What I fear the most creatively is severe depression. In the times of my life when I’ve been so depressed, the creativity has gone bye-bye. I hope and believe that I will never end up in such a bad place again. But it is my greatest fear.

    • Pam, I can relate to depression as a greatest fear. It’s one of mine, too. But for me, the sequence is usually lack of creativity, then depression. But of course, the more depressed I am, the less I want to create. At some point, it’s a cycle, and it stops mattering where it started!

      I’ve discovered, though, that certain activities will ward off depression if I feel it coming on. Oil painting with my fingers seems to be my guaranteed cure. ; )

      I love the flash bulbs! And I’m loving how this metaphor works in so many different directions! Fun stuff. Thanks for reading and commenting, Pam!

  2. Anna Gilliland says:

    I don’t really relate to light bulbs and rooms. However, my ideas grow as if rediscovering the memories of a movie I might have seen. I’ll see clips of scenes from the story and get a sense of emotions from the characters, sometimes very intensely. The reason for this is because I read stories this way, seeing the scenes in my head like watching a movie.

    • Anna, that’s awesome. One of my favorite things is when a writer’s style is so clear, I can see the events and characters like a film in my head.

      This light bulb metaphor is pretty interesting. You don’t relate to it…but still, movies have something to do with light. Projected on a canvas or shining out from a screen. Flickering, flashing… . I wonder if every writer thinks of writing in some metaphor that relates to light?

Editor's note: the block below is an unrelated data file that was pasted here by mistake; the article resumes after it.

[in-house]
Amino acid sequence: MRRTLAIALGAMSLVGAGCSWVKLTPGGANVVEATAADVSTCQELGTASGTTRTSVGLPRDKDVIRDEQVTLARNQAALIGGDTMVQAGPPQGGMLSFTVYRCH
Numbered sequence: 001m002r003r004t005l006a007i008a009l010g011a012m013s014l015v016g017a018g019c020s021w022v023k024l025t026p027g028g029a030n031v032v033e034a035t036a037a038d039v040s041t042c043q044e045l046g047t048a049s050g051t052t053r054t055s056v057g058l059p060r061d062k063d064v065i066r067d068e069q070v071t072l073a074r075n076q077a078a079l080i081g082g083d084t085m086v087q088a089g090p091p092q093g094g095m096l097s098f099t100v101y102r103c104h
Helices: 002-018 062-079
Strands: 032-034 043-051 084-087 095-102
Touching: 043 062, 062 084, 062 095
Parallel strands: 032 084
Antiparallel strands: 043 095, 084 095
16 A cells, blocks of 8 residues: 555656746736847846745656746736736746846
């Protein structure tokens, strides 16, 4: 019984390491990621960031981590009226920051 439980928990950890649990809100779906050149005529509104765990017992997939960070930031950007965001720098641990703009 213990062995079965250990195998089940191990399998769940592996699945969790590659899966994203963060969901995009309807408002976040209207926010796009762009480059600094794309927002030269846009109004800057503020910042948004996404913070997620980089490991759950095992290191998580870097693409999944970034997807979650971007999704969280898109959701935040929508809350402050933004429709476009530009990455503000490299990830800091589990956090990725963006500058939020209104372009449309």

Anna, you might be sparking (ha ha) an entire series of blog posts here. ; )

  3. Patrick Ross says:

    Hi Courtney, so glad my post has stimulated some creative thinking! I love the way you’ve taken the light motif and made it your own.

    As to your questions, I think my original post let you know how much his image stuck with me. The concept really hit me — I do have ideas, all the time, and they all seem great, and I only have so much time, and I’m loathe to give up on an idea when I pursue it and it just doesn’t work. I’m not sure what my imagery is, however. Given my own predilections for a certain unhealthy food, I guess I see a room filled with dangling strips of tasty bacon.

  4. Patrick, I’m so glad you dropped in! Thanks for taking the time to read my post. : )

    And yes, your original post made it very clear that this concept revved up your creative engine, too! I love how so many of us cree-ay-tives can find something to relate to in that metaphor.

    And YES TO BACON. Wouldn’t be fun to clean up afterward, but my-oh-my would it be yummy to find a room like that! ;D

  5. […] when what needs to happen is that we writers to band together and invite each other in. We need to challenge the darkness individually and collectively. We need to form a tribe that affirms and reaffirms and assures and […]